I'm sorry about the aggravation, but I spin it around and look at it as a challenge that I won't let beat me. Yes, I'd tell anyone about to mount metal fenders for the first time; they take a little longer and take more creativity to mount. There is no one perfect way and some methods don't always work. I'm not trying to be critical either, at some point it is better to give up, go the better for you route. Cycling is supposed to be fun, and the mechanics isn't the fun part for everyone.

Something to consider is that you could find a button style bolt that may yield more clearance. I found that Berthouds on my Quickbeam with the original tires were quite tight. I've played with the installation for most of the past year. Just last weekend I pulled the upper mount and used a hacksaw to nibble at the clearance to pull the fender a few millimeters higher. Helped a ton as I just realized that what I thought was the trouble was actually caused by that mount location.

Maybe I'm just more stubborn. Sometimes its better just to go ride another bike. Next week end I'm hoping to start assembling my next addition, a 57 cm Bleriot from the local folks at Hiawatha. < http://hiawathacyclery.com/ >. Last time I was there Jim laid the Phll Wood rear hub in my greasy paws just for lust sake. Oooh, the shininess!

=================
Gordy
The Cycling Curmudgeon -- >   http://www.ccurmudgeon.blogspot.com/

ANDREW LETTON

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Apr 22, 2007, 8:07:58 PM4/22/07
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--- Solomander <Solom...@aol.com> wrote:

Ah, or rather AHH, now we all understand better...
My previous bike had relatively tight chainstay
clearance as well, and in order to fit the same
combination of 50mm Berthouds and 35mm Paselas, I
simply rotated the fender back a bit and had it stop
just above the chainstays. It worked great for me.
Good luck,
Andrew

Joe Bernard

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Apr 23, 2007, 3:14:16 PM4/23/07
to RBW Owners Bunch
I remember reading somewhere that 50mm Berthouds are actually 40mm lip
to lip on the underside of the fender. Since 45mm SKS fenders seem to
fit nicely over 35mm tires, i.e., not much gap, does it stand to
reason that 50/40 Berthouds might be a tight squeeze on certain frame/
tire combinations?

On Apr 22, 5:07 pm, ANDREW LETTON <let...@flash.net> wrote:

> Andrew- Hide quoted text -
>
> - Show quoted text -

Dan Goldenberg

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Apr 23, 2007, 3:25:56 PM4/23/07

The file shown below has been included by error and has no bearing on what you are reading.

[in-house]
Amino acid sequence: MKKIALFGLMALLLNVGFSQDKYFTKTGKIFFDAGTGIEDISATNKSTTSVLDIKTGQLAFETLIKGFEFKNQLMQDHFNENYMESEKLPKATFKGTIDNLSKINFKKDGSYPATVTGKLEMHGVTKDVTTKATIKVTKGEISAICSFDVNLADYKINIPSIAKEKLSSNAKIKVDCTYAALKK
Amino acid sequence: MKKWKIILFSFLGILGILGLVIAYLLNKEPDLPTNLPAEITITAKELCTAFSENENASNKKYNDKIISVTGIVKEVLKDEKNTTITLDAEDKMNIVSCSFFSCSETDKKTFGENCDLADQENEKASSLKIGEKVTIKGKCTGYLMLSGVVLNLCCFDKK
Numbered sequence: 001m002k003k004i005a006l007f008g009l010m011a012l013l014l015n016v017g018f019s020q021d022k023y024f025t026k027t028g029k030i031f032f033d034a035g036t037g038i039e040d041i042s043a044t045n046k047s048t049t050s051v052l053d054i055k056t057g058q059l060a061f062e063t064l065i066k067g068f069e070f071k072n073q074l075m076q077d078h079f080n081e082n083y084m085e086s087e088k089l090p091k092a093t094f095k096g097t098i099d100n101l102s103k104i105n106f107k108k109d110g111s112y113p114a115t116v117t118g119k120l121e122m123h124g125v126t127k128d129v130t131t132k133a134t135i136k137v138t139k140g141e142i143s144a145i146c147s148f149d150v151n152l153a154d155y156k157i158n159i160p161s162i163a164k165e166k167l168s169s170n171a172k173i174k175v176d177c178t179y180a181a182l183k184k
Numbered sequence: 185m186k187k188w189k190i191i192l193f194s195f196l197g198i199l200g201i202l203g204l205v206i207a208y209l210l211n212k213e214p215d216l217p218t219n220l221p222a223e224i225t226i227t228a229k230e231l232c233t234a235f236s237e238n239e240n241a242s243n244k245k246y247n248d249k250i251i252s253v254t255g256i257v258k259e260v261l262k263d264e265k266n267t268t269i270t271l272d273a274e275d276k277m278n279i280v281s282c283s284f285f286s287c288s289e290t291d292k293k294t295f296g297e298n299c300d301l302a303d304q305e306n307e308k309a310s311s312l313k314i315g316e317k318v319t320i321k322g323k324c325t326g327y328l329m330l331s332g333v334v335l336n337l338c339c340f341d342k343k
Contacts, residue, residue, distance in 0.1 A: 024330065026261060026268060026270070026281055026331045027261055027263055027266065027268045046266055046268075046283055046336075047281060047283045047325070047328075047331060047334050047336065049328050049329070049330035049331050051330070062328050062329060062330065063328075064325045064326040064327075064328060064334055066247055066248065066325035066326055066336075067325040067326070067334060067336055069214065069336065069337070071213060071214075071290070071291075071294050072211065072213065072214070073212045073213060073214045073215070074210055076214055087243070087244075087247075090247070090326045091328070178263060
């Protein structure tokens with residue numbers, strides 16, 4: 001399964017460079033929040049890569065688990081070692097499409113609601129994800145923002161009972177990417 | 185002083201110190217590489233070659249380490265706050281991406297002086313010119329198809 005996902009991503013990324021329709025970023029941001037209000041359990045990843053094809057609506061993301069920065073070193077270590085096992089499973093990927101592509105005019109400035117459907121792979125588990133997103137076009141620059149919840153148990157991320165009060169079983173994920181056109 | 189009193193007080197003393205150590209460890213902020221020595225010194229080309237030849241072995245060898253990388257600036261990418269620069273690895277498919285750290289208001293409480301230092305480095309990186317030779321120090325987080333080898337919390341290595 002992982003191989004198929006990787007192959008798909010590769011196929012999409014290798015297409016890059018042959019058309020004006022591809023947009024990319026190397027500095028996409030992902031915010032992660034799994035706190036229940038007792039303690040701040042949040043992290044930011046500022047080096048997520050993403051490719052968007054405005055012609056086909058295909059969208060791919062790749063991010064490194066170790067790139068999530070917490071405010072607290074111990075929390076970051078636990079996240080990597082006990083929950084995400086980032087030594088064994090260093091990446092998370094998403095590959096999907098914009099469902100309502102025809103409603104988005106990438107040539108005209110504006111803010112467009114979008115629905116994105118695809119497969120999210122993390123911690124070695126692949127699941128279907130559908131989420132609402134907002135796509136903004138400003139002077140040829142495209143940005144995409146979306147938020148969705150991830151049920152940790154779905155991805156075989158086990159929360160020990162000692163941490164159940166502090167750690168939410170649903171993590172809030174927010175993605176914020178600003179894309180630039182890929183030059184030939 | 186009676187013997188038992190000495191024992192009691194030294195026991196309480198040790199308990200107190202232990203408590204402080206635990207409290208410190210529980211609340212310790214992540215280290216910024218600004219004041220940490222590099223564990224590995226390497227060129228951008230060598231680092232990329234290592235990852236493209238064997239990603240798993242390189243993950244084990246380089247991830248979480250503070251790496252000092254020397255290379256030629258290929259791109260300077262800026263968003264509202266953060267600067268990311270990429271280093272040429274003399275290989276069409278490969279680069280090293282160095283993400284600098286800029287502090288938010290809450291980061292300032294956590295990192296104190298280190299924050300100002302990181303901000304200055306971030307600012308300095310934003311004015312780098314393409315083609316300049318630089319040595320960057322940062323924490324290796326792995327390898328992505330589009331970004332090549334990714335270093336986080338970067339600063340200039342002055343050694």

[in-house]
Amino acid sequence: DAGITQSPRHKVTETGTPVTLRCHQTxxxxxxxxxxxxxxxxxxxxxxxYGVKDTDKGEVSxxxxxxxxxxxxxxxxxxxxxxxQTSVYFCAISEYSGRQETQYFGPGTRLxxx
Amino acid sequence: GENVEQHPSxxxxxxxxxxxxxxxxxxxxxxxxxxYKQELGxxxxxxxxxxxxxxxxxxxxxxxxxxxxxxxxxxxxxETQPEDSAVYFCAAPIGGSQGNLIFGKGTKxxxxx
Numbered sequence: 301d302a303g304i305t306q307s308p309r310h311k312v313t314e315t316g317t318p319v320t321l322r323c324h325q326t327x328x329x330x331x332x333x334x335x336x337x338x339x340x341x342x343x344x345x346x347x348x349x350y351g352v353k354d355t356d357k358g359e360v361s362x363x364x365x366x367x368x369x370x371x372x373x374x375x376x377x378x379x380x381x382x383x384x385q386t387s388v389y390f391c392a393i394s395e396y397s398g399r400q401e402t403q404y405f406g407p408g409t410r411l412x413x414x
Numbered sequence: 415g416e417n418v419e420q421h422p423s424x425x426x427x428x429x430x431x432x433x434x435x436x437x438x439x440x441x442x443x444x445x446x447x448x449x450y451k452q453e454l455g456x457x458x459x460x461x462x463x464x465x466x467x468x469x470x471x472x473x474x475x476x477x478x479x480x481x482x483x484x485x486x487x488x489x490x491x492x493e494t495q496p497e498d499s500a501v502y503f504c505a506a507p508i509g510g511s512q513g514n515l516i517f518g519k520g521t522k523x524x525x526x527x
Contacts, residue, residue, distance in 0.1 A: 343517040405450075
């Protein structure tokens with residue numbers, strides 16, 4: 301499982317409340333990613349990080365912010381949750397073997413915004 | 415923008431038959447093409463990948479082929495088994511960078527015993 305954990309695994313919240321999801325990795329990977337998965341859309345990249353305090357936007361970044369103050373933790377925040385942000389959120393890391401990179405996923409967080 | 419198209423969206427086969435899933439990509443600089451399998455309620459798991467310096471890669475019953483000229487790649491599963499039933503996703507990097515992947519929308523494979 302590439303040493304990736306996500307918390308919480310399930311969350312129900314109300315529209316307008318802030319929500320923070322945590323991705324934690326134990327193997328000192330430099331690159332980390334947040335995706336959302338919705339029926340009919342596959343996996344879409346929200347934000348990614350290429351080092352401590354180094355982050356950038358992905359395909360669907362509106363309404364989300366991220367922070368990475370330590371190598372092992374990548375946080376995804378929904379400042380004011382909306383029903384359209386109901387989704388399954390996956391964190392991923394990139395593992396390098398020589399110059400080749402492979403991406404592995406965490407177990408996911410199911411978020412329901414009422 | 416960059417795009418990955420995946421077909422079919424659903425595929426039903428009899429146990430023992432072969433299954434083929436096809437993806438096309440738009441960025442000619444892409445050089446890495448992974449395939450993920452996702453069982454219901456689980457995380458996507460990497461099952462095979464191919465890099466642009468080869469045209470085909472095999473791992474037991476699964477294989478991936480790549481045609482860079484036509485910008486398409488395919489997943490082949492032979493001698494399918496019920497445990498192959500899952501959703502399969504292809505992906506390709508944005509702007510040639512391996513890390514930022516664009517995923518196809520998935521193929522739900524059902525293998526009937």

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I'm using Berthoud 50 fenders on my Atlantis with Conti Top touring 26x1.75 tires that have a real width of 45-46mm. The key to making this work is to get sufficient vertical separation. Basically, if you look from the side the bottom edge of the fender is about even with the outer radius of the tire. This way, there is plenty of side to side clearance, and most of the water seems to spray from the center of the tire anyways, so it works pretty good. Having a fender 10mm wider than the tire is ideal, and allows you to mount the fender closer to the tire, but you can make a less than ideal setup work too. This also assumes that you can get sufficient vertical separation, which is not a problem on an Atlantis. I can't speak for other frames though.
 
 
Dan

 
--
Dan Goldenberg
Seattle WA

Solomander

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Apr 29, 2007, 5:18:45 PM4/29/07
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I am happy to say that I finally got the Berthoud fenders installed.
I must confess that I usually don't do that much work on my own
bikes. I can do the basics, but that's about it. Figuring out what
needed to be changed and making the adjustments was time consuming,
and sometimes frustrating, but finally satisfying. I wound up
reversing the attachment hardware for the rear fender strut and
putting the button headed screw on the inside of the fender. I took a
pair of tin snips to the part of the fender that attached to the
chainstay (the most fun part- my father was a sheet metal mechanic and
gave me a pair of tin snips when he retired. I took them to humor
him- I couldn't imagine ever needing them). I attached the rear
fender to the seatstay bridge with an SKS clip that I unbent and
recrimped to fit around the fender, combined with a Berthoud nut.
Berthoud should make an equivalent clip, which would make life a lot
easier. The front fender was a lot more straightforward, only
requiring me to take a hacksaw to the bolt that attached the fender to
the brake bolt.

Thanks a lot to everybody for their advice. I am going to post pix of
my finally completed Hilsen on the Cyclofiend site. Although this was
a real learning experience, if I ever had to install another set of
metal fenders, I think that I would pay someone to do it.

Best,

Joel

JoelMatthews

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Apr 29, 2007, 6:31:38 PM4/29/07
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Sounds like quite a project. All is well that ends well anyhow. Look
forward to seeing photos on Cyclofiend!

jim g

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Jun 7, 2007, 1:47:58 PM6/7/07
to RBW Owners Bunch
Berthoud and other metal fenders have rolled-under edges. This is
helpful in that it prevents trapped rainwater from splashing outside
the confines of the fender, but it's detrimental in that it actually
reduces the inside clearance of the fender. I've also read that
they're undersized -- the 50mm fender measures more like 45mm. Maybe
that's what's going on here...?


Steve Palincsar

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Jun 7, 2007, 7:17:18 PM6/7/07
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Interestingly, the 50mm Berthouds fit perfectly well on 38x650B Col de
la Vie tires.

--
Steve Palincsar
pali...@his.com
Alexandria, VA, USA